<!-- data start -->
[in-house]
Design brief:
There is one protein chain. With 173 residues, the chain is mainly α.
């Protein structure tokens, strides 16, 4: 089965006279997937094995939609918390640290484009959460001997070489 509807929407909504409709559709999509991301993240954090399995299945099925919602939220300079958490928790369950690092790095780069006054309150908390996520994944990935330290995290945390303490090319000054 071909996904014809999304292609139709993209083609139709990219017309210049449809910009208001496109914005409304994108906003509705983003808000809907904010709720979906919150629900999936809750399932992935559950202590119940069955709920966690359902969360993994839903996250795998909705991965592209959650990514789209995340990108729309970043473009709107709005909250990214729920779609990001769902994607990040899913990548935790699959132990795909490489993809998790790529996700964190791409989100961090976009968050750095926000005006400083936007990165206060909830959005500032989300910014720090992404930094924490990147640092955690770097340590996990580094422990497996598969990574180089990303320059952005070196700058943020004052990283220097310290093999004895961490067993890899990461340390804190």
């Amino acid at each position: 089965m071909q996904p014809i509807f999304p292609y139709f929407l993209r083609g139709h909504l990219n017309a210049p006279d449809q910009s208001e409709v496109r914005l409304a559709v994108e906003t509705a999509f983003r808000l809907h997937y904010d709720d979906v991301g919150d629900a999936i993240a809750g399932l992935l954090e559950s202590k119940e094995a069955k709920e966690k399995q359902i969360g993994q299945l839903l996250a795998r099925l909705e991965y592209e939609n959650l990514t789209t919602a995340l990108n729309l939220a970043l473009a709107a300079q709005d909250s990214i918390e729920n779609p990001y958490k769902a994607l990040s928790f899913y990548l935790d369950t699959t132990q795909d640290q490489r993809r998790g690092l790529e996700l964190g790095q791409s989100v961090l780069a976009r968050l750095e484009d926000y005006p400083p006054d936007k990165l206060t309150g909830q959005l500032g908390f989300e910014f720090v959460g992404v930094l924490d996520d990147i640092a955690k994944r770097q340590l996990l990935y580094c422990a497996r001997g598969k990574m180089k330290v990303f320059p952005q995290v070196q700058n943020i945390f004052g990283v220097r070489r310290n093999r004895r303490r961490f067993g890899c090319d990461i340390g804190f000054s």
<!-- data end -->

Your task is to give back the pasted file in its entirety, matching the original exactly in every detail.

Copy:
[in-house]
Design brief:
There is one protein chain. With 173 residues, the chain is mainly α.
């Protein structure tokens, strides 16, 4: 089965006279997937094995939609918390640290484009959460001997070489 509807929407909504409709559709999509991301993240954090399995299945099925919602939220300079958490928790369950690092790095780069006054309150908390996520994944990935330290995290945390303490090319000054 071909996904014809999304292609139709993209083609139709990219017309210049449809910009208001496109914005409304994108906003509705983003808000809907904010709720979906919150629900999936809750399932992935559950202590119940069955709920966690359902969360993994839903996250795998909705991965592209959650990514789209995340990108729309970043473009709107709005909250990214729920779609990001769902994607990040899913990548935790699959132990795909490489993809998790790529996700964190791409989100961090976009968050750095926000005006400083936007990165206060909830959005500032989300910014720090992404930094924490990147640092955690770097340590996990580094422990497996598969990574180089990303320059952005070196700058943020004052990283220097310290093999004895961490067993890899990461340390804190």
């Amino acid at each position: 089965m071909q996904p014809i509807f999304p292609y139709f929407l993209r083609g139709h909504l990219n017309a210049p006279d449809q910009s208001e409709v496109r914005l409304a559709v994108e906003t509705a999509f983003r808000l809907h997937y904010d709720d979906v991301g919150d629900a999936i993240a809750g399932l992935l954090e559950s202590k119940e094995a069955k709920e966690k399995q359902i969360g993994q299945l839903l996250a795998r099925l909705e991965y592209e939609n959650l990514t789209t919602a995340l990108n729309l939220a970043l473009a709107a300079q709005d909250s990214i918390e729920n779609p990001y958490k769902a994607l990040s928790f899913y990548l935790d369950t699959t132990q795909d640290q490489r993809r998790g690092l790529e996700l964190g790095q791409s989100v961090l780069a976009r968050l750095e484009d926000y005006p400083p006054d936007k990165l206060t309150g909830q959005l500032g908390f989300e910014f720090v959460g992404v930094l924490d996520d990147i640092a955690k994944r770097q340590l996990l990935y580094c422990a497996r001997g598969k990574m180089k330290v990303f320059p952005q995290v070196q700058n943020i945390f004052g990283v220097r070489r310290n093999r004895r303490r961490f067993g890899c090319d990461i340390g804190f000054s």